Friday, December 18, 1992


Recent discussions concerning the need for a new roadway through Athy or alternatively around the town focused our attention on Athy's existing road network. The principal street patterns of the medieval village of Athy have not changed over the years. Not so the side streets and alleyways of previous centuries which have disappeared without trace, largely due to the slum clearance programmes of the 1930's.

In the middle-ages the main highways were kept in sufficient repair for travellers on horseback. Under an Act of 1612 each Warden of the established Church was obliged to convene a meeting of his Parish on the Tuesday and Wednesday of Easter week. At these meetings two parishioners were appointed surveyors of whatever roadworks were considered necessary in the Parish. Every householder was required to provide free labour on the highway works for six days in every year. Landlords and farmers were required to provide horses, carts and drivers. In this way roads were maintained.

When wagons and coaches were first introduced, road surfaces were inadequate for such wheel traffic. Changes in the system of road maintenance were made with the passing of the first Turnpike Act. The English Act of 1663 empowered Justices of the Peace of several counties to erect turnpike gates across highways and charge tolls to passing traffic for maintaining roads. The first Turnpike Act in Ireland was passed in 1727. In time the turnpike roads led to most of the important towns in Ireland. These roads were maintained by Turnpike Trusts set up by business people and landlords and although inefficient they ensured that the larger towns were linked by roads on which coaches could travel.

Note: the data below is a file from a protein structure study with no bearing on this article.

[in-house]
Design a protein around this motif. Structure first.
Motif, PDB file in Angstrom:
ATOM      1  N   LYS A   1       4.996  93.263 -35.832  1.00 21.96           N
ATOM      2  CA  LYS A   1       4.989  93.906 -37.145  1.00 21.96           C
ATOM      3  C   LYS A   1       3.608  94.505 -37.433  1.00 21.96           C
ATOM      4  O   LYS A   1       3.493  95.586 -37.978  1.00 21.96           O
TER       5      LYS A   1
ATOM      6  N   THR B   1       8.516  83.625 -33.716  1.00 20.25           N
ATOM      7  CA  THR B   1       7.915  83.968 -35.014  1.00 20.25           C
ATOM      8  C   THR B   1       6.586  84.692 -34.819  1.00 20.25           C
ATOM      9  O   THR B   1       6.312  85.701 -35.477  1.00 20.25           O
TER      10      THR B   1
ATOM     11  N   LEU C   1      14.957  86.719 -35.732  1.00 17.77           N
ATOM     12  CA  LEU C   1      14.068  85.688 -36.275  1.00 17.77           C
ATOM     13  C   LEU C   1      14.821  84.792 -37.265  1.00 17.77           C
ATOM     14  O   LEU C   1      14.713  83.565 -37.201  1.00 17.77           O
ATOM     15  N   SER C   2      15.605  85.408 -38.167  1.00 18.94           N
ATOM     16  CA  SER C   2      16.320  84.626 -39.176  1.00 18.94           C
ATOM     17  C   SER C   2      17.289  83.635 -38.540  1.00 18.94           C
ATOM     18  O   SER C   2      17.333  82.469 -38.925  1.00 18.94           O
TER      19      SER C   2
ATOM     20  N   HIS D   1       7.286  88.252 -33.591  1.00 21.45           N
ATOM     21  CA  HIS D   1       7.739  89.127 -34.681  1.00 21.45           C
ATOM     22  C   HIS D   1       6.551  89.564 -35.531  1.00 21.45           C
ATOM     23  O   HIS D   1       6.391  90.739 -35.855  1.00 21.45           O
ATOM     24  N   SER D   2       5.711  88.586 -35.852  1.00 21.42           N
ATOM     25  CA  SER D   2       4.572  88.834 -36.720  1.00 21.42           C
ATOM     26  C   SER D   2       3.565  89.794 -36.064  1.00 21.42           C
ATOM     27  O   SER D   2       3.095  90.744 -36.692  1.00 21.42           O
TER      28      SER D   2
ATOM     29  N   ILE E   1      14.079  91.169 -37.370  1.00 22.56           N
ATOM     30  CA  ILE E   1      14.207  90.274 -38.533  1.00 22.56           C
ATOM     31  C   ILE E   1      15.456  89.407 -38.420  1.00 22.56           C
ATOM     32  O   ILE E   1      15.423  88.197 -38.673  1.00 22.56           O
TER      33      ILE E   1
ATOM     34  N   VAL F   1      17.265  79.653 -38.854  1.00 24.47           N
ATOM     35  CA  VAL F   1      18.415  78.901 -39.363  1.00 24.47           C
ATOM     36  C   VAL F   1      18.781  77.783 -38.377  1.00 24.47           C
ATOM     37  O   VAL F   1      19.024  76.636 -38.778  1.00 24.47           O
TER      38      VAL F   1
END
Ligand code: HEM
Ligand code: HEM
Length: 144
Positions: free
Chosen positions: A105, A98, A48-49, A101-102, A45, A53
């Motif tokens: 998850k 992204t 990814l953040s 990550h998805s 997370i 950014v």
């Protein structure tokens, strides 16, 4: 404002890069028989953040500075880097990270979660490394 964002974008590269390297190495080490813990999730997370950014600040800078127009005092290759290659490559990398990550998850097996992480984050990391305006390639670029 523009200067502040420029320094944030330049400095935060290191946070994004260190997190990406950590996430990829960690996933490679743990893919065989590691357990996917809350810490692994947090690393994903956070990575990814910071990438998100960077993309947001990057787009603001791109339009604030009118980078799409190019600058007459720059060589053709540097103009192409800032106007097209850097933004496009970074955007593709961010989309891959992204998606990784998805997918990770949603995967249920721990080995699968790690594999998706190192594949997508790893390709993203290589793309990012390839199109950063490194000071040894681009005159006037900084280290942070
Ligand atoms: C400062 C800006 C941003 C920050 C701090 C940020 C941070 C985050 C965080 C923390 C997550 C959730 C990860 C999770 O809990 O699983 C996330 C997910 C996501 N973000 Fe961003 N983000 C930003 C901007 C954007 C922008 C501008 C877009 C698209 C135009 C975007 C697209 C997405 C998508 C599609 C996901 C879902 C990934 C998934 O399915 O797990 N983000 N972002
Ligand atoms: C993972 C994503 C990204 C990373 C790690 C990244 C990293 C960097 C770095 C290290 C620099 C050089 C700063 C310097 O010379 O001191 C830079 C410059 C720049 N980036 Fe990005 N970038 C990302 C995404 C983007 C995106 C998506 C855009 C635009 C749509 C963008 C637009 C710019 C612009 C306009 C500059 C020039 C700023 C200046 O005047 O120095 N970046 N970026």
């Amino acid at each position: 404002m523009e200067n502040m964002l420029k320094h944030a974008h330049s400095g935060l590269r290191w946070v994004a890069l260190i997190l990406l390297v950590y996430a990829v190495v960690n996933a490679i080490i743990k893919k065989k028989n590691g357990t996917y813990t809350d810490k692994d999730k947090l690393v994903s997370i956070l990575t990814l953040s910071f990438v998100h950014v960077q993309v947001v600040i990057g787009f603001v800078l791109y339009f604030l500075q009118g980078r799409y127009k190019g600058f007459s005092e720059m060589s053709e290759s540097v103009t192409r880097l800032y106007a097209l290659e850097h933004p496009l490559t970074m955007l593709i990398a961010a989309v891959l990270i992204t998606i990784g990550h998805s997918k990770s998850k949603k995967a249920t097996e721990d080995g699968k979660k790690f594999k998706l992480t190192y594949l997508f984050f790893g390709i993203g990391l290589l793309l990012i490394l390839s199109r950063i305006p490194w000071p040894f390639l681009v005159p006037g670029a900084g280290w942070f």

Athy had a turnpike road running through the town from Kilcullen to Kilkenny. There were three turnpike gates on the road in and adjoining the town where tolls were collected. One gate was located on the Dublin Road near St. Michael's Medieval Church. The second was located at the junction of Green Alley and Duke Street while the third was on the Kilkenny Road at Beggars End approximately 700 yards from Whites Castle.

The tolls were collected by toll gate keepers who lived in cottages beside the gates. These cottages were built on the edge of the road and generally had an unusual shape - either round or hexagonal - in order that the keeper could look out on all sides and ensure no one passed without paying the toll.

In 1846 Athy Town Commissioners campaigned to have the last turnpike gate at Beggars End removed as the collection of tolls discouraged farmers from attending the fairs and markets in Athy. On the 27th of April 1846 the Commissioners met the Trustees of the Kilkenny and Athy turnpike road in Kennedys Hotel, Athy, to discuss the issue. Within four years the Town Commissioners were petitioning the House of Commons against the continuation of the Turnpike legislation. As a result of their efforts and those of the farmers in Kildare and adjoining counties the campaign succeeded leading to the removal of the last toll gate in Athy.

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